The FlowerPot Table Lamp was designed in 1964, during the Flower-Power years, when Stanley Kubrick imagined the future of 2001 furnished with Panton Chairs. The iconic FlowerPot lamp by Verner Panton is available in multiple versions, whether as pendants or table lamps.
All versions of FlowerPot use the same lampshade concept, made of two metal half-spheres placed opposite each other, which diffuses a directional and non-glare light.
Verner Panton started out as a painter before studying architecture at the Royal Academy of Fine Arts in Copenhagen. After an apprenticeship with architect / designer Arne Jacobsen, Panton pursued a path in furniture and interior design, where he became famous for his avant-garde designs. Such as chairs with no legs and a sofa placed vertically against the wall. In the 60’s and 70’s, his passion for designing entire environments led to immersive interiors featuring his hypnotic patterns and futuristic designs for furniture, lighting, wallpapers, posters and rugs.
Panton’s pioneering use of materials, colours and shapes earned him a reputation as a visionary. In recognition of his life achievement, he was awarded the Knight's Cross of the Dannebrog Order in 1998 by the Queen of Denmark.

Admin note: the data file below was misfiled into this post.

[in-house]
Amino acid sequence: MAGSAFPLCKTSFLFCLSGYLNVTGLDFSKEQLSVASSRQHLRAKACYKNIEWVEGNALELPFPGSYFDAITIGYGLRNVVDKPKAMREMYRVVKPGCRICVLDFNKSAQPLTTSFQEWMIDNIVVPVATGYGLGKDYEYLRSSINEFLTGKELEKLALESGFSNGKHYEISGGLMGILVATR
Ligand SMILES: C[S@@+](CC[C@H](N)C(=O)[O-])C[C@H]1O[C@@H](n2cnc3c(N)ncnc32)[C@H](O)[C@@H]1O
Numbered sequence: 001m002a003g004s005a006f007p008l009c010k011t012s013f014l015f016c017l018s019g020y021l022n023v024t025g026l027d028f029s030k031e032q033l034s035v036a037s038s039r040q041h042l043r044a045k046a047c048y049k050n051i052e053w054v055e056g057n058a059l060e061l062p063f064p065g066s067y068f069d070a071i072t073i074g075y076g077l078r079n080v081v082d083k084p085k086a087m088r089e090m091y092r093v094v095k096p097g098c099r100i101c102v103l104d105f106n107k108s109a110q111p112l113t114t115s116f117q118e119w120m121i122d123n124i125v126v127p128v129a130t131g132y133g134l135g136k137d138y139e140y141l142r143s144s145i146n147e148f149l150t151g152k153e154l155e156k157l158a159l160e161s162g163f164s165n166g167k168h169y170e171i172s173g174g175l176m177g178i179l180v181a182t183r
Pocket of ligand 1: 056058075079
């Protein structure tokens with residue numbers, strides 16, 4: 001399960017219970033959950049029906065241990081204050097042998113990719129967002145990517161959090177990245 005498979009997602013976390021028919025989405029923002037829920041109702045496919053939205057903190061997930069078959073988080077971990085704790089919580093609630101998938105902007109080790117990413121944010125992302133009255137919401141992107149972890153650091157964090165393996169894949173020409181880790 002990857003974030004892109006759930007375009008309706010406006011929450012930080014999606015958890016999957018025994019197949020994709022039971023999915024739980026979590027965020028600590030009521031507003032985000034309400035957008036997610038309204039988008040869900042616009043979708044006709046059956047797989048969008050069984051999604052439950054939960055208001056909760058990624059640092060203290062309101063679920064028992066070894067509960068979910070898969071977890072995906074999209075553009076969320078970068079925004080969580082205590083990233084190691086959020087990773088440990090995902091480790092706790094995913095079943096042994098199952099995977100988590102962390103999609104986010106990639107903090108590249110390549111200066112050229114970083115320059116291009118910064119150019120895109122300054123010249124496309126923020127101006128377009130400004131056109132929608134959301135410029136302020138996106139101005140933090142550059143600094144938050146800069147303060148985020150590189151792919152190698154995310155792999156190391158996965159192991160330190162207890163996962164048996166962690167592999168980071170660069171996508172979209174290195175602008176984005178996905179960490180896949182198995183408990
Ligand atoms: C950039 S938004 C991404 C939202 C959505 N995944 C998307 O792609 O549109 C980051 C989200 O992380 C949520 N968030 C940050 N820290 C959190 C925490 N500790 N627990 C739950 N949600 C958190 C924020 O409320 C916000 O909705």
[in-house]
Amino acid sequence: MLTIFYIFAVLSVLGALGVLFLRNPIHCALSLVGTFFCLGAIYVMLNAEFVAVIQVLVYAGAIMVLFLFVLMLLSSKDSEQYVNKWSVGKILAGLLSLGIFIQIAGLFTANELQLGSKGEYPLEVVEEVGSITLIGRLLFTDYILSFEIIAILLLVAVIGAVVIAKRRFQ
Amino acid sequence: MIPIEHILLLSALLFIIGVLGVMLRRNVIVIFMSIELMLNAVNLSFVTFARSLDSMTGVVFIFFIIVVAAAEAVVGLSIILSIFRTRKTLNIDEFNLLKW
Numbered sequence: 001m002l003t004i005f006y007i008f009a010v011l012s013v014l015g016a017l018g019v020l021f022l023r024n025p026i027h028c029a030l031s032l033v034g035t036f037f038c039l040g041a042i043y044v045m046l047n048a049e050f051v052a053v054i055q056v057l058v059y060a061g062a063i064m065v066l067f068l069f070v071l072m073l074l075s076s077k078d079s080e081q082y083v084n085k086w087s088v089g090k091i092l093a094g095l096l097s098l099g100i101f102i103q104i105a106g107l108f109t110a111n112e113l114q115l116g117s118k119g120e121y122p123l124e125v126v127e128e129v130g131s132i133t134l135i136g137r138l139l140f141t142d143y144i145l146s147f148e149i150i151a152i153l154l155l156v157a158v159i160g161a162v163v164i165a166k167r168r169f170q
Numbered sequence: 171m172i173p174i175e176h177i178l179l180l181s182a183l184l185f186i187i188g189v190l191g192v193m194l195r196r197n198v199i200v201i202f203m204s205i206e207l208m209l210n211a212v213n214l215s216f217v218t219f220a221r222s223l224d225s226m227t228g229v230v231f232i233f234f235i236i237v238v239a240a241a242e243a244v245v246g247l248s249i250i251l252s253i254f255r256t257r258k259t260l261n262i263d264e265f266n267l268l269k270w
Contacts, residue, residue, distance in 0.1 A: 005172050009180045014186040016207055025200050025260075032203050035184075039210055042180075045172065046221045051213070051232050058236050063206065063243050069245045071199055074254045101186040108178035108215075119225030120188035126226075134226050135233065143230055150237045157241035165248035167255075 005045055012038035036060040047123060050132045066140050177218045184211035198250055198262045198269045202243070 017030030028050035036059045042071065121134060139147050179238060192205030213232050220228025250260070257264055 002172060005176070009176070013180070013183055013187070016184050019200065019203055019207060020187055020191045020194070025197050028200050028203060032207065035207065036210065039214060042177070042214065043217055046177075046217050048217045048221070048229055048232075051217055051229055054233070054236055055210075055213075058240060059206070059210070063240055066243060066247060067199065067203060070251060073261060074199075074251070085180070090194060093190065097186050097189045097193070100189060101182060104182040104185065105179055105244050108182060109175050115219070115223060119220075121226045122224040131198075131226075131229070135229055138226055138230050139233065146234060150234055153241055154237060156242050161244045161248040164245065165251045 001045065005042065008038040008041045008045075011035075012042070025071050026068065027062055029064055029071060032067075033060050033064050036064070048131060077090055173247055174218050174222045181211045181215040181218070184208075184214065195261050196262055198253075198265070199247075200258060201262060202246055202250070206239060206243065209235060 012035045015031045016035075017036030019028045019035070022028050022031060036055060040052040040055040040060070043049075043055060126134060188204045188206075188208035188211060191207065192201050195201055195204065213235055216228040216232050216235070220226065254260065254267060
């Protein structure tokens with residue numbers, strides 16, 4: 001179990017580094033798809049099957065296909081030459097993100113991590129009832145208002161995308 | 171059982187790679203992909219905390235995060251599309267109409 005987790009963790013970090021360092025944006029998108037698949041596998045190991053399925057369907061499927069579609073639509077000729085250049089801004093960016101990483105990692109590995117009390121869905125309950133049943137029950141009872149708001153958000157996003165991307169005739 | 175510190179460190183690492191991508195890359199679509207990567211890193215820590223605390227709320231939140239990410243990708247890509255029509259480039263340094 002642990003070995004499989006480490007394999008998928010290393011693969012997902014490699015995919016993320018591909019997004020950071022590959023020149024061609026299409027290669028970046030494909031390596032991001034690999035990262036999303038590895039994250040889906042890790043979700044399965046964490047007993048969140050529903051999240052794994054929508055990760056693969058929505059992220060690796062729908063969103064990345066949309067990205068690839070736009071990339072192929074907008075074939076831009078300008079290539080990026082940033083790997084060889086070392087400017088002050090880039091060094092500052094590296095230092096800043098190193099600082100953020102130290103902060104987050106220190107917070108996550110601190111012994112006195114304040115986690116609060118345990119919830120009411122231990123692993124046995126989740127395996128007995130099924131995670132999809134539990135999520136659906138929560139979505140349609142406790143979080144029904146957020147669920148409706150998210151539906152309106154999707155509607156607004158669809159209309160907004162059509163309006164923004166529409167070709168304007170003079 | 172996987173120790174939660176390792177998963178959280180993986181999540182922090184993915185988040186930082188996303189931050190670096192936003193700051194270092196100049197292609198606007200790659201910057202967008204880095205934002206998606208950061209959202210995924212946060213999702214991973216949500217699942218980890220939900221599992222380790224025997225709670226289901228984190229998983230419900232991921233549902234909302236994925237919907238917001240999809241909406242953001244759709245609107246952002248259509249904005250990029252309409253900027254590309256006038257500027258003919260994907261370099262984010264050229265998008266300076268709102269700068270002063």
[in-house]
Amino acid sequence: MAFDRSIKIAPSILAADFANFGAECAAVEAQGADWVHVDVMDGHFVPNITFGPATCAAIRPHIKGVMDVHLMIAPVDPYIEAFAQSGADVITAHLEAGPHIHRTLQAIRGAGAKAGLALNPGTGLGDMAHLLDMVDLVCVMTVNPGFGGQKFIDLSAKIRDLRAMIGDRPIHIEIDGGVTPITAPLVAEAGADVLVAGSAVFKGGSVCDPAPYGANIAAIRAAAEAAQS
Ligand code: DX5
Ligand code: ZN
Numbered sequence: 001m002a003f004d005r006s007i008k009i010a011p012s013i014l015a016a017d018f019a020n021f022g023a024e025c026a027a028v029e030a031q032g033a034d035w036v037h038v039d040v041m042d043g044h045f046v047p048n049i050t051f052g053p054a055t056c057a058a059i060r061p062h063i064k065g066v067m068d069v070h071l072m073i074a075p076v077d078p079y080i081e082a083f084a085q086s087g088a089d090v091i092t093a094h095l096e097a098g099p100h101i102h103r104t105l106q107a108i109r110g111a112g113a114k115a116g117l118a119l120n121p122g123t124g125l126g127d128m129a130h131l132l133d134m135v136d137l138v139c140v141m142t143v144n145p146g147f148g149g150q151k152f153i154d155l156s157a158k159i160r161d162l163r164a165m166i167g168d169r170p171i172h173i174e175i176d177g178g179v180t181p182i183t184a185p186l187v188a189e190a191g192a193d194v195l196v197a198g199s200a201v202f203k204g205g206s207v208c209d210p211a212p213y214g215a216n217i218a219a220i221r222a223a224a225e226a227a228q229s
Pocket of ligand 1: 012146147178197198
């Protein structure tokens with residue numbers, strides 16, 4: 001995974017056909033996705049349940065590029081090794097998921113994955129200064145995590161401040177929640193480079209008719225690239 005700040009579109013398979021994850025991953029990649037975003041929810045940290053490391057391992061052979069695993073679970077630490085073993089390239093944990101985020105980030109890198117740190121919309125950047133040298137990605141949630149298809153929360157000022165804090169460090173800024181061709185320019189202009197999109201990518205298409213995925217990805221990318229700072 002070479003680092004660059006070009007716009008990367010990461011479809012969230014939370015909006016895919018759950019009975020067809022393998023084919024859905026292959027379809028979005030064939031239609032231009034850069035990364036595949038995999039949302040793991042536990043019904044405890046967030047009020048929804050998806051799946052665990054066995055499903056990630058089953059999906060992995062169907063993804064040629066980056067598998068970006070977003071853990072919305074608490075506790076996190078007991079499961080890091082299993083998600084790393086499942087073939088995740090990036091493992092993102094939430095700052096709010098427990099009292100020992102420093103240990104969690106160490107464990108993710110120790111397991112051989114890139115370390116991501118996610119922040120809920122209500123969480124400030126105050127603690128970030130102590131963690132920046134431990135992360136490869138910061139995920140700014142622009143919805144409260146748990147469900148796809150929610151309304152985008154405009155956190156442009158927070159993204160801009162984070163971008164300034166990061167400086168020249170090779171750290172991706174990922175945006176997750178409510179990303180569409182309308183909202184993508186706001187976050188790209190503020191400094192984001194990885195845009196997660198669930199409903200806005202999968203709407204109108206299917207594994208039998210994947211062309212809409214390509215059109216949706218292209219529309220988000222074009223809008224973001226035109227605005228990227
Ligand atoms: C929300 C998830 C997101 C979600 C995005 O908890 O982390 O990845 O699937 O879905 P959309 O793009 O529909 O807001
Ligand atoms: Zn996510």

The Flower Pot Lamp became emblematic of the Flower Power peace movement during the 60’s. With its range of vivid colours, it is just as synonymous with modernity now as it was when launched in 1968. Panton’s Topan lamp is its little sister, a simple semi-sphere that can also be configured in clusters. "Panton’s provocative use of materials, geometric shapes and psychedelic colours set him apart from his contemporaries," notes Martin Kornbek Hansen. "Our portfolio of &tradition products wouldn’t be complete without this endearing example from this evangelist of radical design."